I’m inclined to agree with you there, they can be threatening and are seldom (intentionally) funny… I think the author was referring to the perceptions of society at large though. Movies about drunk white twentysomethings are usually comedies, about drunk white older people they’re “heartfelt” dramas about the tragedy of alcoholism. I’m not entirely sure I believe such a person would have gotten away with not paying, But I do think the public response to the driver’s way out of line response would have been different.

  • unequivocal

    While Lane’s gender and race undoubtedly play a part both in her treatment by the driver and the internet response, you seem to be making some unwarranted assumptions about how these different events might have played out. I don’t know that it is reasonable to state that white males aren’t likely to be badgered about paying their fares (I’ve never seen anyone skip a fare and not get called on it), that if she was a white woman the bus driver would have used de-escalation tactics (it seems unlikely that someone who is so quick with his fists is inclined at all towards diplomacy), that if Lane had been a black male the bus driver would have followed protocol and contacted authorities (a million YouTube videos of male-on-male violence seem to contradict this as a statistical likelihood), or that if Lane appeared wealthy there would have been no conversation about fare (unless you mean that if she was wealthy she wouldn’t be on the bus, or would have paid the fare without comment).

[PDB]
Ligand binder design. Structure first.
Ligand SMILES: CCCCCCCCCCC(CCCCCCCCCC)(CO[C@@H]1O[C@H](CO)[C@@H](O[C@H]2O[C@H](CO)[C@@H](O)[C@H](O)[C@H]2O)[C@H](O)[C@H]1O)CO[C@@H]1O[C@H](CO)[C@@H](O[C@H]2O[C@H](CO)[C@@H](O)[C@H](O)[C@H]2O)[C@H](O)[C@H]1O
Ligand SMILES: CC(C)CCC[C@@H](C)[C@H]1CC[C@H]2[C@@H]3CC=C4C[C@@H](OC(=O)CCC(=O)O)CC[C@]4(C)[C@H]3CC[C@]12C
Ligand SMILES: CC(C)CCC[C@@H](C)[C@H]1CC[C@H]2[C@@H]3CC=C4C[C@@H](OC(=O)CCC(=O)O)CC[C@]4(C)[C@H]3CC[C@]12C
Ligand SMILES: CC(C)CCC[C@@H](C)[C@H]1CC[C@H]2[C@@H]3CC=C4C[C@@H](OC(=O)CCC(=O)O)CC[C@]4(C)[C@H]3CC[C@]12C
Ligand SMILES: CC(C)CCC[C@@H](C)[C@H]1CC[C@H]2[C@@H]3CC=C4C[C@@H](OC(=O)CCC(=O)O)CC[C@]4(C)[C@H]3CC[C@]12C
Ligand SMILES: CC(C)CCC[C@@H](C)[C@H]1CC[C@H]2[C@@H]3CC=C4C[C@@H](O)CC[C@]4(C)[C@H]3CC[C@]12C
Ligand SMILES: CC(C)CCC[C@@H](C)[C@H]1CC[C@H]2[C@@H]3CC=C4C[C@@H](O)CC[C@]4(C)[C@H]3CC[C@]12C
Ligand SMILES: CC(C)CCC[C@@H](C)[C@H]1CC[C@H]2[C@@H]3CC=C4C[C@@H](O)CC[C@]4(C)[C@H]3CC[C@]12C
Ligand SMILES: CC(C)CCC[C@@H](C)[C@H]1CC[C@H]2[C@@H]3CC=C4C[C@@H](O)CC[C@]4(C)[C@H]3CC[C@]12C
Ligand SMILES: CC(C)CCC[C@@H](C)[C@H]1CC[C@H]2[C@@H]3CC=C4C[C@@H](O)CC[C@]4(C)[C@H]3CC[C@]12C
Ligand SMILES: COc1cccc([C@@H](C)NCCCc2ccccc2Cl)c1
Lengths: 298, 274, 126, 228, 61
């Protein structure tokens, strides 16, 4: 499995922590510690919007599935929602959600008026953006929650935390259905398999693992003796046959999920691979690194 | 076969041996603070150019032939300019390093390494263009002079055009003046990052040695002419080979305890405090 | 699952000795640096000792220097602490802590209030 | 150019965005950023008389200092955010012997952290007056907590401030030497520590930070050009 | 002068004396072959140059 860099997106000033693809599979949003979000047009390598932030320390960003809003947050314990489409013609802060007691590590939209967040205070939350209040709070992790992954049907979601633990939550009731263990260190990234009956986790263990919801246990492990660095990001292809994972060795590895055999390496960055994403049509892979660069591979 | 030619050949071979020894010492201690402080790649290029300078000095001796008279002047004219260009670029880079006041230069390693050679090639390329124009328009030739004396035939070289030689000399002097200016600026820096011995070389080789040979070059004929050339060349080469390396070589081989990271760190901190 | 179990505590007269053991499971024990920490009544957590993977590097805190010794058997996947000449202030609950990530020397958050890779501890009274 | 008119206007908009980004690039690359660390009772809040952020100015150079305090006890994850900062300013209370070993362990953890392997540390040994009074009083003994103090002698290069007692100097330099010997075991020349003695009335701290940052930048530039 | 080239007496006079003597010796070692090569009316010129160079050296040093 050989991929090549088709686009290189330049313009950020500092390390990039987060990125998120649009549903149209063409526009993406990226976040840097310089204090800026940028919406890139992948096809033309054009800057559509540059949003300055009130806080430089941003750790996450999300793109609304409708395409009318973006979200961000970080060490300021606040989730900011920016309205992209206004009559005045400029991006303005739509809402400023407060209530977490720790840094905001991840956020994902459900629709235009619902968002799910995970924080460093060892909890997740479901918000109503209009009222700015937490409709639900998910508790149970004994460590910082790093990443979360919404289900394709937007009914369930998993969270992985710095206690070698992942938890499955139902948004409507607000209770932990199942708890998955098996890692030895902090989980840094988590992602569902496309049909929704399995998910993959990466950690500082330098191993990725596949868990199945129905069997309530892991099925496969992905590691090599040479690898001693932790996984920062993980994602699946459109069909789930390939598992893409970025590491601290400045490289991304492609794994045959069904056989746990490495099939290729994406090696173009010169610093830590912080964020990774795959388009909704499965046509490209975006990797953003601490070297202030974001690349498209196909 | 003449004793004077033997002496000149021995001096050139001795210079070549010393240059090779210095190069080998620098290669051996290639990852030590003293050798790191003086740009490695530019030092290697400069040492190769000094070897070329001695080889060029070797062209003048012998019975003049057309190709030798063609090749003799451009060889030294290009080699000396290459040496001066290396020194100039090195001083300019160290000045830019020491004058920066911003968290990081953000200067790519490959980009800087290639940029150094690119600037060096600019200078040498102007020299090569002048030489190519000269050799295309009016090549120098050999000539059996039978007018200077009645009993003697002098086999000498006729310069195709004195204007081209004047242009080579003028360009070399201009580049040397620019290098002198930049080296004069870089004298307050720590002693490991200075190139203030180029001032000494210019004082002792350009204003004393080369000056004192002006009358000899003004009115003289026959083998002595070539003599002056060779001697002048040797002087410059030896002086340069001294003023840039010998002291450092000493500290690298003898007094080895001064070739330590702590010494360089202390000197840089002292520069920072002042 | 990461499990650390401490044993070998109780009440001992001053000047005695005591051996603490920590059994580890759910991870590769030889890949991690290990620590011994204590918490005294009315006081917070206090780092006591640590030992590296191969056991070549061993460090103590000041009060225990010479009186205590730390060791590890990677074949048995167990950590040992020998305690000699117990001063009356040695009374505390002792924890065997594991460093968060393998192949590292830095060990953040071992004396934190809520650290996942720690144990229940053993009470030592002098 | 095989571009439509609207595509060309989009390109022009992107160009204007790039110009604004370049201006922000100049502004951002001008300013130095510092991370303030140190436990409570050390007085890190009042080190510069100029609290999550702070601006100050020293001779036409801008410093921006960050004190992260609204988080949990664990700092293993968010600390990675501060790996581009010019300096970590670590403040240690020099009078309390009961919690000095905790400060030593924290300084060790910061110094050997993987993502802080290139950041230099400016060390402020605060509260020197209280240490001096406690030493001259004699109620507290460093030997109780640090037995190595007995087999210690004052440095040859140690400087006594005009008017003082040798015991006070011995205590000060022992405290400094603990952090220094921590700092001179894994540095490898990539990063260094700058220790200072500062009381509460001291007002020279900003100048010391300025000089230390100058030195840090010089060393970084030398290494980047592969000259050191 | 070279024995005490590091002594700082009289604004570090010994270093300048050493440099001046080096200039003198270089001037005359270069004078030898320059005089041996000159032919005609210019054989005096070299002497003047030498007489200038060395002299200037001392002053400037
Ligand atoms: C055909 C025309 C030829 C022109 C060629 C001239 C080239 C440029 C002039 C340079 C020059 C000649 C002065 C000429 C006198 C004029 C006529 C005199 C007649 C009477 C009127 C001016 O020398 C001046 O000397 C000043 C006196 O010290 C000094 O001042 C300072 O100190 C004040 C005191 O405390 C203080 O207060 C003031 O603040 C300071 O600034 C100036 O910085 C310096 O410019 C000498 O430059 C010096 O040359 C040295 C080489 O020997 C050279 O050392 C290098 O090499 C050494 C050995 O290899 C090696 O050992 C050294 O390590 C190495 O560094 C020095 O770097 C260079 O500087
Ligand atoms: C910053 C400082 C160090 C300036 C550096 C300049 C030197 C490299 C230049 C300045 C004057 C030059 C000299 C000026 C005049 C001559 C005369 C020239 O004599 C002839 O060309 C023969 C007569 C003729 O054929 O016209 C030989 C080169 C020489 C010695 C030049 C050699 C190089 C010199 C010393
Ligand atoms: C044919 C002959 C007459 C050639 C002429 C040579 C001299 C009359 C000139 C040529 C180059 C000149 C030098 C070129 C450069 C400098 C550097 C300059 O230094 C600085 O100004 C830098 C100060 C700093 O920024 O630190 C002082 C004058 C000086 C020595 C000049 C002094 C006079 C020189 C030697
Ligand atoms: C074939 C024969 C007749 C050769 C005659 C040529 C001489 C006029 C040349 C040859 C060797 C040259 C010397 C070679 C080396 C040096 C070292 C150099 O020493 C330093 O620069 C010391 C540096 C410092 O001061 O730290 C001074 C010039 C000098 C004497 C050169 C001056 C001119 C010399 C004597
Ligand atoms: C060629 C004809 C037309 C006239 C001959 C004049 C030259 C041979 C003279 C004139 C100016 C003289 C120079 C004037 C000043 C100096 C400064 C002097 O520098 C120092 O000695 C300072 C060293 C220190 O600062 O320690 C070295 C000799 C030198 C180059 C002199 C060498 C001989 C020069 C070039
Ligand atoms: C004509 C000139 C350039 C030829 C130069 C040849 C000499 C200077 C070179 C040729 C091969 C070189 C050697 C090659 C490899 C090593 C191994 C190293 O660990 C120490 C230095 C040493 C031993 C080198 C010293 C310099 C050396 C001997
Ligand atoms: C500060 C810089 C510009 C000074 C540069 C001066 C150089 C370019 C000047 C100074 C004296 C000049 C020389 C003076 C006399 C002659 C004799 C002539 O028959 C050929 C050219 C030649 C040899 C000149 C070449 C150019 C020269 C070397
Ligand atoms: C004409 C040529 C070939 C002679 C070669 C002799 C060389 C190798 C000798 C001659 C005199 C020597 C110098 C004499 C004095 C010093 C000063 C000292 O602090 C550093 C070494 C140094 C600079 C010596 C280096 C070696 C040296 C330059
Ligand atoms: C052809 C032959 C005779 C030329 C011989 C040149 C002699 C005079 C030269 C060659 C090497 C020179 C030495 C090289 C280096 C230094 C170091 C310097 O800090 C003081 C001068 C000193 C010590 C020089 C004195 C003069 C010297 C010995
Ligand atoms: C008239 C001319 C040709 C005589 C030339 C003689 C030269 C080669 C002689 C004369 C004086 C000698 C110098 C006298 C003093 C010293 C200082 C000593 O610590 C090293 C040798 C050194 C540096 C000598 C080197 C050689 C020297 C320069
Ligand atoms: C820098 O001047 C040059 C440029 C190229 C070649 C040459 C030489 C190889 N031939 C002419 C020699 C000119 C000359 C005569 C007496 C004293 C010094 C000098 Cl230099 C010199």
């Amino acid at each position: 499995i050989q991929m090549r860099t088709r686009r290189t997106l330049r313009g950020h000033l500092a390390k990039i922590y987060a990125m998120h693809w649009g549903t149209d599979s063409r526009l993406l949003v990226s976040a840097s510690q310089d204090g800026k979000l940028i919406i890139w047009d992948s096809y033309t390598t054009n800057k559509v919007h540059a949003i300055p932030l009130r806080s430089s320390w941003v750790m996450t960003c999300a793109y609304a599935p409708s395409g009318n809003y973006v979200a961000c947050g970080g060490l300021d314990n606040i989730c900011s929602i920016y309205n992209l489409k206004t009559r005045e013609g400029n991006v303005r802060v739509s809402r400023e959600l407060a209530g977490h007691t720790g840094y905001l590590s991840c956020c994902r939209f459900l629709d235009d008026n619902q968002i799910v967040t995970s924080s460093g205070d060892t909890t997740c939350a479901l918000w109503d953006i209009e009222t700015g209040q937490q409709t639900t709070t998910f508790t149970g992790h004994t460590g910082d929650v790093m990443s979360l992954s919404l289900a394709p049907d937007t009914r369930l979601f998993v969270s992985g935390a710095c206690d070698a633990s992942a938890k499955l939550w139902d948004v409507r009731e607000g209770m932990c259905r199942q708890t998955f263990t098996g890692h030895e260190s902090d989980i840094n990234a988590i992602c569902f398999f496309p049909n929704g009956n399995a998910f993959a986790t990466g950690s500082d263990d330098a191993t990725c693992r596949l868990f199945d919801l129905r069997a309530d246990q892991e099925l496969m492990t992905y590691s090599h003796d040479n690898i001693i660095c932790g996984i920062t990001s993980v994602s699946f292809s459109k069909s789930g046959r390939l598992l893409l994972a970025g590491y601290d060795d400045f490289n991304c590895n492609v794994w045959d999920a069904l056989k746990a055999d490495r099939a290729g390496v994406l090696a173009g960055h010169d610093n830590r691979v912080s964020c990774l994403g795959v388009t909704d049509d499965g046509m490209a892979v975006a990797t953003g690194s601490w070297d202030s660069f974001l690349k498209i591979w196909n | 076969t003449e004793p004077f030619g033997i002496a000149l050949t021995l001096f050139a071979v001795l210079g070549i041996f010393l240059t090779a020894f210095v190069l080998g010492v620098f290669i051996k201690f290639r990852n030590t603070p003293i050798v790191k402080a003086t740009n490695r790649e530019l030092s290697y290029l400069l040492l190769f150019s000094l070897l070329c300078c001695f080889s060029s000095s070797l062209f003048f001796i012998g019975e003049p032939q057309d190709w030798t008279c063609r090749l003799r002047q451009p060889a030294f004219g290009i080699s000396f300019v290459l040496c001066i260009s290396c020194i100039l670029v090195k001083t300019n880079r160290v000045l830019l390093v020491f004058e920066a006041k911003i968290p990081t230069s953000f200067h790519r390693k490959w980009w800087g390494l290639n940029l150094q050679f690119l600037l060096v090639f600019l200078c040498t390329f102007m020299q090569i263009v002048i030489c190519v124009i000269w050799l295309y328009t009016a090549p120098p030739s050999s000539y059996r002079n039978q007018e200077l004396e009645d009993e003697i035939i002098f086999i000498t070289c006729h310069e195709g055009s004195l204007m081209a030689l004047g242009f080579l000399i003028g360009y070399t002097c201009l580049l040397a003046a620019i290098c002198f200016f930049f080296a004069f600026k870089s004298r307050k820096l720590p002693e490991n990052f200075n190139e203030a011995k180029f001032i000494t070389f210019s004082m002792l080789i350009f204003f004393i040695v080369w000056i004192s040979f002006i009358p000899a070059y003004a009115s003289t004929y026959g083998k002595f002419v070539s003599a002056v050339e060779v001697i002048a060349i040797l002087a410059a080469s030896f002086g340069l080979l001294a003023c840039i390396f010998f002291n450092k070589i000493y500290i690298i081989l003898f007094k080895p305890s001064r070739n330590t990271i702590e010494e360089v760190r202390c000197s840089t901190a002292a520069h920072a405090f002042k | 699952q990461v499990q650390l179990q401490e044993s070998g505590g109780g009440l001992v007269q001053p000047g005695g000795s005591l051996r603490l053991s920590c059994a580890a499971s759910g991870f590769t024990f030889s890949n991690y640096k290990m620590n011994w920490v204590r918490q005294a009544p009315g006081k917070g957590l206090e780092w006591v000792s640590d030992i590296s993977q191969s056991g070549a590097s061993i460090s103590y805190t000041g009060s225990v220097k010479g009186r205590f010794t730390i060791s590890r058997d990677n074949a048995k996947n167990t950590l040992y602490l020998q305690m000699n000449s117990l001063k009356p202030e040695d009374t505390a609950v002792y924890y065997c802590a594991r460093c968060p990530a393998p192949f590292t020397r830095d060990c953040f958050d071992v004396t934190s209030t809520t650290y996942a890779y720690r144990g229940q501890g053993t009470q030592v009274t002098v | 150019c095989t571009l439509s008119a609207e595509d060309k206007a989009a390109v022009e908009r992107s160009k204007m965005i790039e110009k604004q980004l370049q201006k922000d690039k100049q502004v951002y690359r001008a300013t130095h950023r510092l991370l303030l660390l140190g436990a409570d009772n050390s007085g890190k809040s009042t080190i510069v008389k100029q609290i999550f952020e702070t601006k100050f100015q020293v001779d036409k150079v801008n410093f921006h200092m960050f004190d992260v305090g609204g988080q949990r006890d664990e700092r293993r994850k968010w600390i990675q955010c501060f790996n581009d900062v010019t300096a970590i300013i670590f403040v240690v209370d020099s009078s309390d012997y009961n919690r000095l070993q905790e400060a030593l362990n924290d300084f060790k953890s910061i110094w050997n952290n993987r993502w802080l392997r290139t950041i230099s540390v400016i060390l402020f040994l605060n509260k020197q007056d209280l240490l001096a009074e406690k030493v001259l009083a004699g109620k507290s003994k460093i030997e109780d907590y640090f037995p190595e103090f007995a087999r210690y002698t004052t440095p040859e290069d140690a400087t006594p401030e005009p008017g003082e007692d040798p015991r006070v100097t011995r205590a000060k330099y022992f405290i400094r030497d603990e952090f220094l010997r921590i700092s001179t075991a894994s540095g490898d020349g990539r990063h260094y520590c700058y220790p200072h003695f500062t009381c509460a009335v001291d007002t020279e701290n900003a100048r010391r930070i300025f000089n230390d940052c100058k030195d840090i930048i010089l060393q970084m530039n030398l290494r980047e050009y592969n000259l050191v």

• http://feministing.com/members/krystalmyth/ Krystalmyth

    I have to disagree hugely about this as well. Perhaps you don’t ride a lot of busses, but if any male gets on a bus laughing and giggling without paying, they get kicked out. I’ve seen it a lot. Not sure where you’re getting this at all. Not to mentioned, hearing her say “What’s wrong with you, I’m a female” as a defense after the hit really soured this entire ordeal as far as a topic for feminism for me. She stepped up, insulted, spat on and assaulted a state employee while he was sitting down, and in a nonthreatening position, then uses being female as a defense. Not really sure how any of that is tolerable.